Clerk’s office within the thirty-day period provided for in the Notice. In addition, no objections
were raised at the fairness hearing that was held on April 15, 2013.
“[A] class action cannot be settled without the approval of the court and a determination
that the proposed settlement is fair, reasonable and adequate. In re Pet Food Prods. Liab. Litig.,
629 F.3d 333, 349 (3d Cir. 2010). Approval of the settlement is left to the sound discretion of
the trial court. In re Prudential Ins. Co. Am. Sales Practice Litig. Agent Actions, 148 F.3d 283,
299 (3d Cir. 1998) (internal quotation marks omitted). Under Federal Rule of Civil Procedure
23(e), trial judges bear the responsibility of protecting absent class members, “which is executed
by the court’s assuring that the settlement represents adequate compensation for the release of
the class claims.” In re Gen. Motors Corp. Pick-Up Truck Fuel Tank Prods. Liab. Litig., 55 F.3d
768, 805 (3d Cir. 1995).
The United States Court of Appeals for the Third Circuit has articulated nine factors to be
considered when determining the fairness of a settlement:
(1) the complexity, expense and likely duration of the litigation;
(2) the reaction of the class to the settlement; (3) the stage of the
proceedings and the amount of discovery completed; (4) the risks
of establishing liability; (5) the risks of establishing damages; (6)
the risks of maintaining the class action through the trial; (7) the
ability of the defendants to withstand a greater judgment; (8) the
range of reasonableness of the settlement fund in light of the best
possible recovery; and (9) the range of reasonableness of the
settlement fund to a possible recovery in light of all the attendant
risks of litigation.
We note that the current settlement agreement is more precisely a resolution of Plaintiffs’
“Motion[s] to Enforce Consent Decree[ and] to Cite Defendants for Civil Contempt” (Doc. Nos.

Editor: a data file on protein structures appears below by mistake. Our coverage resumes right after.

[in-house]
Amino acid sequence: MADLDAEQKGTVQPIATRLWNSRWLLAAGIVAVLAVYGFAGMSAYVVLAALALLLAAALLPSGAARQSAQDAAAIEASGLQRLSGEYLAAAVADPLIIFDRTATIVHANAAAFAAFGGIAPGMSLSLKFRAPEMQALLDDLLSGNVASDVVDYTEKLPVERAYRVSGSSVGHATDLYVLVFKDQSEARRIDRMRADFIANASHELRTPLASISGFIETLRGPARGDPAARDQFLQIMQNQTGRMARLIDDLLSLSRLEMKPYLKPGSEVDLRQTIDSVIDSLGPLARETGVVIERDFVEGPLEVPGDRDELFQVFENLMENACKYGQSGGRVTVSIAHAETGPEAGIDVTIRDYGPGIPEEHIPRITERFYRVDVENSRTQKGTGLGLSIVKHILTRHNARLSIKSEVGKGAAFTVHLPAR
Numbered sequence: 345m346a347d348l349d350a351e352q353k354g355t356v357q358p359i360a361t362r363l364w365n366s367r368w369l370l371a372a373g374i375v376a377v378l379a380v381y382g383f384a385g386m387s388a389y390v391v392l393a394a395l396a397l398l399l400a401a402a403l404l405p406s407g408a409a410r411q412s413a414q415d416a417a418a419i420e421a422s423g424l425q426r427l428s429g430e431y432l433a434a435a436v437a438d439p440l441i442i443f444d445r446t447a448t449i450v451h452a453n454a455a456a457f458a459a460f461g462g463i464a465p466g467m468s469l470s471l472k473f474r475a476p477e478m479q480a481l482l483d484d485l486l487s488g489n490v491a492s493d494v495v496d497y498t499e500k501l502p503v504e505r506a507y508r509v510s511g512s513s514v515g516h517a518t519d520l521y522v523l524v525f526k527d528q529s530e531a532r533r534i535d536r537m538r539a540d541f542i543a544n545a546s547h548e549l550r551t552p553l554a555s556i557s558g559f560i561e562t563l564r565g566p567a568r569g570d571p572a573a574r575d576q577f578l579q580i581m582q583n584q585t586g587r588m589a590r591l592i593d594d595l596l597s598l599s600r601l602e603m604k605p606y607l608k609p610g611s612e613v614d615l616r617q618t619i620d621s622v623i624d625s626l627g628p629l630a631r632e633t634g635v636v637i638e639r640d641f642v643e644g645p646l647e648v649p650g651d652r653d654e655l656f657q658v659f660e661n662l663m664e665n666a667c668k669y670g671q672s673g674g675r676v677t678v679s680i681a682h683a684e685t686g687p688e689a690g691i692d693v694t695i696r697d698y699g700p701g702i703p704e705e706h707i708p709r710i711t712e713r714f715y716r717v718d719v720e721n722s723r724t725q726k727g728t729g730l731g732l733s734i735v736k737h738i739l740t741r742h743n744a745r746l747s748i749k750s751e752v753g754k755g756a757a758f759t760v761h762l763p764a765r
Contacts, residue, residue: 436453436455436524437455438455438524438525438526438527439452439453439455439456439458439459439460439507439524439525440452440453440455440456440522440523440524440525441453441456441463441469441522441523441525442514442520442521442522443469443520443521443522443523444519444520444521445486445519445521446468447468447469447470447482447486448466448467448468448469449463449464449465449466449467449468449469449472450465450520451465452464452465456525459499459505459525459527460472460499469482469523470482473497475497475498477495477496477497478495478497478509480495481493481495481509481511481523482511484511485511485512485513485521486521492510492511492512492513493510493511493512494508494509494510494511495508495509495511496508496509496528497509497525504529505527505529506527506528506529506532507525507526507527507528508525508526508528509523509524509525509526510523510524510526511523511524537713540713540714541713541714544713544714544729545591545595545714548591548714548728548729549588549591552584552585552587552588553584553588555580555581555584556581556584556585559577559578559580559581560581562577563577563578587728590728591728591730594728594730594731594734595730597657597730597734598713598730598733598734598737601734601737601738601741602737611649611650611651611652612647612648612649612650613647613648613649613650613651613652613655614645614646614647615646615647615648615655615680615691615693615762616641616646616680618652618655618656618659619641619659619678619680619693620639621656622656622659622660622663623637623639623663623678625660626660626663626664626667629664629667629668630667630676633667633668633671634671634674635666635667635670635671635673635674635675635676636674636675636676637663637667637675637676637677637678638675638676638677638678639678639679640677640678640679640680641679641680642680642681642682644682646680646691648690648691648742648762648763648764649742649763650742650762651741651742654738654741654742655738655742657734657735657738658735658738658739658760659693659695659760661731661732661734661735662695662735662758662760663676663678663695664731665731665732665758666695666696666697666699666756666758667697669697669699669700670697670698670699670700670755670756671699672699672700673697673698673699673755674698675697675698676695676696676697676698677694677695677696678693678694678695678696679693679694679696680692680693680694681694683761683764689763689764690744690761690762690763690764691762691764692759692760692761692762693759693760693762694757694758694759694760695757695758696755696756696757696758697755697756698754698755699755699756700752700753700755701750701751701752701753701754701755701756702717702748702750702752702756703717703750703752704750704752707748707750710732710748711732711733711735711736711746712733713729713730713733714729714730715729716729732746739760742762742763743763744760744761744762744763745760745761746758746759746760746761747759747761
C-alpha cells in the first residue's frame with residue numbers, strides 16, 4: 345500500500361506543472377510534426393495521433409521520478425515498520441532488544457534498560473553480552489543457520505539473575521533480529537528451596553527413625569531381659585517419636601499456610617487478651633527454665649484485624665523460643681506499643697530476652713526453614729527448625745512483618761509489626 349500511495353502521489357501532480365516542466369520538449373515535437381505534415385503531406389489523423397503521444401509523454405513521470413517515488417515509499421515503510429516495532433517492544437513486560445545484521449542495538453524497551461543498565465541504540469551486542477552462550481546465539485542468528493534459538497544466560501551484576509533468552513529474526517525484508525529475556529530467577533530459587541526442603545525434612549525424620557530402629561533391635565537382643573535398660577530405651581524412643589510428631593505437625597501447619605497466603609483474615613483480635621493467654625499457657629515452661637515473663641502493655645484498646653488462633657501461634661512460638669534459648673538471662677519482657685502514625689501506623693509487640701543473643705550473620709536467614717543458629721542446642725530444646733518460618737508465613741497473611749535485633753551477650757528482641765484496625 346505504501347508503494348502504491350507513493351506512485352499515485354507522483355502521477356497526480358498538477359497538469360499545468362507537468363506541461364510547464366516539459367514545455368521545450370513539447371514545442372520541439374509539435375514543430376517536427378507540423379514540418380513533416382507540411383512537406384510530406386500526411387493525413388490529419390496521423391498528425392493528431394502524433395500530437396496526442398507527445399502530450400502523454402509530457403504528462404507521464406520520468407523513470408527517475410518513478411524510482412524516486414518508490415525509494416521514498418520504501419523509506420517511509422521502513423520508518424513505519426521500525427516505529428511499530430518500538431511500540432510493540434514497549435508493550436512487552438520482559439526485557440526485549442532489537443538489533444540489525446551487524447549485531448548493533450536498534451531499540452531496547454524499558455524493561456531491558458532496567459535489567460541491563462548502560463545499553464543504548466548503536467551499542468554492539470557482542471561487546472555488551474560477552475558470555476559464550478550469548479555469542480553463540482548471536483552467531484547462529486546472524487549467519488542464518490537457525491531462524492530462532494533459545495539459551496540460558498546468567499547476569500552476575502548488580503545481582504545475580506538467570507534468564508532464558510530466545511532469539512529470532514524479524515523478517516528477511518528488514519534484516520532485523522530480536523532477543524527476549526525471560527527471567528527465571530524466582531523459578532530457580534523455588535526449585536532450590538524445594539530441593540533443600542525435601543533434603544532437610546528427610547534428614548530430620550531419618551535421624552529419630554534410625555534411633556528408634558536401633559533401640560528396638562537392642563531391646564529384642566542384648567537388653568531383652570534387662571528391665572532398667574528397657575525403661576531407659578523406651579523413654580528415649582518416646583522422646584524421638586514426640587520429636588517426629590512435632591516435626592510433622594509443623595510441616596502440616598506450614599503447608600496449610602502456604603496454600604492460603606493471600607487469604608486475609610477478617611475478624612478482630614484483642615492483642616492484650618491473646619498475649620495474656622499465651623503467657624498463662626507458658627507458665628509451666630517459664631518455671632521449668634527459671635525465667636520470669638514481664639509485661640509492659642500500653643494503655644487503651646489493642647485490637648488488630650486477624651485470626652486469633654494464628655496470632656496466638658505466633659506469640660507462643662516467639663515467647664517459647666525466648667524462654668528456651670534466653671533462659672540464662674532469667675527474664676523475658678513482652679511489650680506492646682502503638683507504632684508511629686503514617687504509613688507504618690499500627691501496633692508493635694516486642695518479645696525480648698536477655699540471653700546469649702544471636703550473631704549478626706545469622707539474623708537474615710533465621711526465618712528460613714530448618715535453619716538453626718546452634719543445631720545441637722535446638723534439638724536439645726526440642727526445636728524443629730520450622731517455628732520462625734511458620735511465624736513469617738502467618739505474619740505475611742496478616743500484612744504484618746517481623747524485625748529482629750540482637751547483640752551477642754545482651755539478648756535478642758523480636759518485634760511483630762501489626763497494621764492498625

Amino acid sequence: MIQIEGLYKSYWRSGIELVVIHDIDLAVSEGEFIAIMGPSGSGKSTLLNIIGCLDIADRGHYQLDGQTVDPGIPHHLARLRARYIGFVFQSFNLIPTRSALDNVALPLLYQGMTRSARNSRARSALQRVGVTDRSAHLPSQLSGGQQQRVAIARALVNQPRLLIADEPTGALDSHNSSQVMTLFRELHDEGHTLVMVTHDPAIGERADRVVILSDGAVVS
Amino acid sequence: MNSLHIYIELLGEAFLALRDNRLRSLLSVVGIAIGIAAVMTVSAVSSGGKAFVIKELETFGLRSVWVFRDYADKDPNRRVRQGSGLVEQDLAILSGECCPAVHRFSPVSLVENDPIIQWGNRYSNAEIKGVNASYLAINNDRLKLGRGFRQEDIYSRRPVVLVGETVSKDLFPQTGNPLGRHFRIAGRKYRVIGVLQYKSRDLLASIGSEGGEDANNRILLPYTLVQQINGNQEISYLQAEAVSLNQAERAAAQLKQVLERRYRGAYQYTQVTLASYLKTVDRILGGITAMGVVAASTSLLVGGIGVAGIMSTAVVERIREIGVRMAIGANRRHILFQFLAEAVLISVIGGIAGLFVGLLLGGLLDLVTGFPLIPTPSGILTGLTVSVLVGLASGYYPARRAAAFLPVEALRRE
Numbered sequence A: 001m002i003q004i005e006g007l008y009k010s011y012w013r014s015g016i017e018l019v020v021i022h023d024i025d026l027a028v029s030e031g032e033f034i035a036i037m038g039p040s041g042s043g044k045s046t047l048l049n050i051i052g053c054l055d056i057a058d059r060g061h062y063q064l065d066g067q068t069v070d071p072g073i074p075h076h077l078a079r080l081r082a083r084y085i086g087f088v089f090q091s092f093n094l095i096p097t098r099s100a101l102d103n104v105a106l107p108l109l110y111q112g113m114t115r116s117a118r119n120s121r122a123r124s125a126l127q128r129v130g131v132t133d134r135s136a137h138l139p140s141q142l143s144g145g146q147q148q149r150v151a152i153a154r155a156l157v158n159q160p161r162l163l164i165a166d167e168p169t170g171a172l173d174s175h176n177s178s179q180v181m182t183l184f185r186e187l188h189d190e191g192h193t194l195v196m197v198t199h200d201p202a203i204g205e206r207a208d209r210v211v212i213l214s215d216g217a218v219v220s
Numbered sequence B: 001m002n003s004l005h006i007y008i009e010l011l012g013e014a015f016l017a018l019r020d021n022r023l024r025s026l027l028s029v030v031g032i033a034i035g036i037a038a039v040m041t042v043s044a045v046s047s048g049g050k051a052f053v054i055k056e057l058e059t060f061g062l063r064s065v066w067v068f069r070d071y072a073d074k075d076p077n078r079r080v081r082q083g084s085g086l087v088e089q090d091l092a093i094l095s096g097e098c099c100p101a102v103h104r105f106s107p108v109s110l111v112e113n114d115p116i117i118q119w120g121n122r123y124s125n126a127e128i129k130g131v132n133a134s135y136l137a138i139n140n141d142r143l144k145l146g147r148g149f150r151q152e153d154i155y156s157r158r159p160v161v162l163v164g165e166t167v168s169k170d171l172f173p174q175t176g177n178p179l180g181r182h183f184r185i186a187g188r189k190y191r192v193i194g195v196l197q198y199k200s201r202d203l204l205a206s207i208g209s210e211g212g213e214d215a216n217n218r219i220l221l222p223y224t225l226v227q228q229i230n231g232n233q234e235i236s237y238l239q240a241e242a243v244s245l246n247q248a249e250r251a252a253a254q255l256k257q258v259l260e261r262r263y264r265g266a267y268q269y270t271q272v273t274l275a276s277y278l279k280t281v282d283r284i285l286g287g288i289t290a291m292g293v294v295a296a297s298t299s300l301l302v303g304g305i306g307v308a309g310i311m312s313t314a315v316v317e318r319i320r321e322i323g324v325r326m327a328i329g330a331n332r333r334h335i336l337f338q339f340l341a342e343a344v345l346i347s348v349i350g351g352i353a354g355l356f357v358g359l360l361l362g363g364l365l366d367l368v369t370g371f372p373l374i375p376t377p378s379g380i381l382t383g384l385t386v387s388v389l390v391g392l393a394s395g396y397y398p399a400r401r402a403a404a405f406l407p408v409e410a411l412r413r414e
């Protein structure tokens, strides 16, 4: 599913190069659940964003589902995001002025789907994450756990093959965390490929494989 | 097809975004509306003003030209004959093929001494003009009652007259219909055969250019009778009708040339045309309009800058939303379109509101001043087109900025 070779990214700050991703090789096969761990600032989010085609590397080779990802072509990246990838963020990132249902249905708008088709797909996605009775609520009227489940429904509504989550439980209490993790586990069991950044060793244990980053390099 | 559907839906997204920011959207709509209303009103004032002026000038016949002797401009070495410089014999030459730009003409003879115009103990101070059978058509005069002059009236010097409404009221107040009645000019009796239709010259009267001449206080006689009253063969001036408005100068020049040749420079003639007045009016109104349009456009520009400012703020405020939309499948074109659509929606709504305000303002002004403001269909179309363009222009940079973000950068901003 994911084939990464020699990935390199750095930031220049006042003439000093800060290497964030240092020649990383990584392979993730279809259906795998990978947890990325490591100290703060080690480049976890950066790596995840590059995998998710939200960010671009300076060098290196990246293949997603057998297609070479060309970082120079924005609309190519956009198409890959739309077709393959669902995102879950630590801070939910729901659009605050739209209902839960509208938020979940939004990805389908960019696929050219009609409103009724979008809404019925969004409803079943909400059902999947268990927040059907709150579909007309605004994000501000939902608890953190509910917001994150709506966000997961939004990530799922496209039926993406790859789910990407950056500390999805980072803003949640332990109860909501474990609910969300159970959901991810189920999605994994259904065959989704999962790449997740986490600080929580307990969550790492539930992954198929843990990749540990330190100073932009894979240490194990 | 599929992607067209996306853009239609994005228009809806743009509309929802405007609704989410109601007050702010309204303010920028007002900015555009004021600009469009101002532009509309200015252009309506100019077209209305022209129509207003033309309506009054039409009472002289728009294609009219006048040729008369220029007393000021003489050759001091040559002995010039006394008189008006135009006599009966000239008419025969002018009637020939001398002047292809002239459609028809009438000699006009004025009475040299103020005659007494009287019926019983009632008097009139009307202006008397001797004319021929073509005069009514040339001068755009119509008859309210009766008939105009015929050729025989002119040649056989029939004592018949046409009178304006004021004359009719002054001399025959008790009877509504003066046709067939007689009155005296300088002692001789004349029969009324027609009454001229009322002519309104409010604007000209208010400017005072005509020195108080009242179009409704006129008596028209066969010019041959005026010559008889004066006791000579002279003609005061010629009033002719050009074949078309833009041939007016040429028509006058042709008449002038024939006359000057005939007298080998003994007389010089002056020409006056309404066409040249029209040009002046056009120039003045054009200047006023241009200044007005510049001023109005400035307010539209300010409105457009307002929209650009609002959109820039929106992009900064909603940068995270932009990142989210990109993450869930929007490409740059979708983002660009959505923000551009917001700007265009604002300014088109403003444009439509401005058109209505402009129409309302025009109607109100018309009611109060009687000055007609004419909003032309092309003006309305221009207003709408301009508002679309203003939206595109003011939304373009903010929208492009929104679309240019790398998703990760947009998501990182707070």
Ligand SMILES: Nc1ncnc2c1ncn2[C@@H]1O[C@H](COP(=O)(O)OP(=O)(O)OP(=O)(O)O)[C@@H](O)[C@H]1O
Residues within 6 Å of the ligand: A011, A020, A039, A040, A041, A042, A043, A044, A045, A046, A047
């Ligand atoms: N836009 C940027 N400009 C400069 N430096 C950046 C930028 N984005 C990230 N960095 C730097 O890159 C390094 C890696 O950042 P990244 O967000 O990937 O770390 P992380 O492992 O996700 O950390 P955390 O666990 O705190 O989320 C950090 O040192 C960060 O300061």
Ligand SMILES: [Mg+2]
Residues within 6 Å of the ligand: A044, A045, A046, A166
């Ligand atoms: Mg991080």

14, 119). These motions are a continuation of a class action matter. As such, in approving the
most recent settlement, we will apply the standards for class action settlements as set forth in
Part II of this Memorandum Opinion.
Girsh v. Jepson, 521 F.2d 157, 156 (3d Cir. 1975) (quoting City of Detroit v. Grinnell Corp., 495
F.2d 448, 463 (2d Cir. 1974) (ellipses omitted)). The burden of establishing fairness lies with the
proponents. In re. Gen Motors, 55 F.3d at 785.
After careful consideration, we conclude that the parties’ proposed settlement is fair,
reasonable and adequate. The settlement reflects good faith, arms-length negotiations between
the parties as to the reasonable valuation of Plaintiffs’ claims and the attorneys’ fees expended.
It was reached with the assistance of Judge Restrepo and contemplated the risks related to
establishing liability and damages, the complexity of outstanding issues and the expense and
delay attendant in fully litigating the case. We also note that Plaintiffs were represented by
experienced and reputable counsel. Plaintiffs’ attorneys are staff members at Community Legal
Services, an institution dedicated to representing low income residents of Philadelphia. Further,
the settlement fund is adequate and will provide recovery for all of the class members without
delay or the risk of an adverse determination. Moreover, no class member has objected to the
For the foregoing reasons, we will grant the parties’ joint motion for final approval of the
proposed class action settlement.
An appropriate Order follows.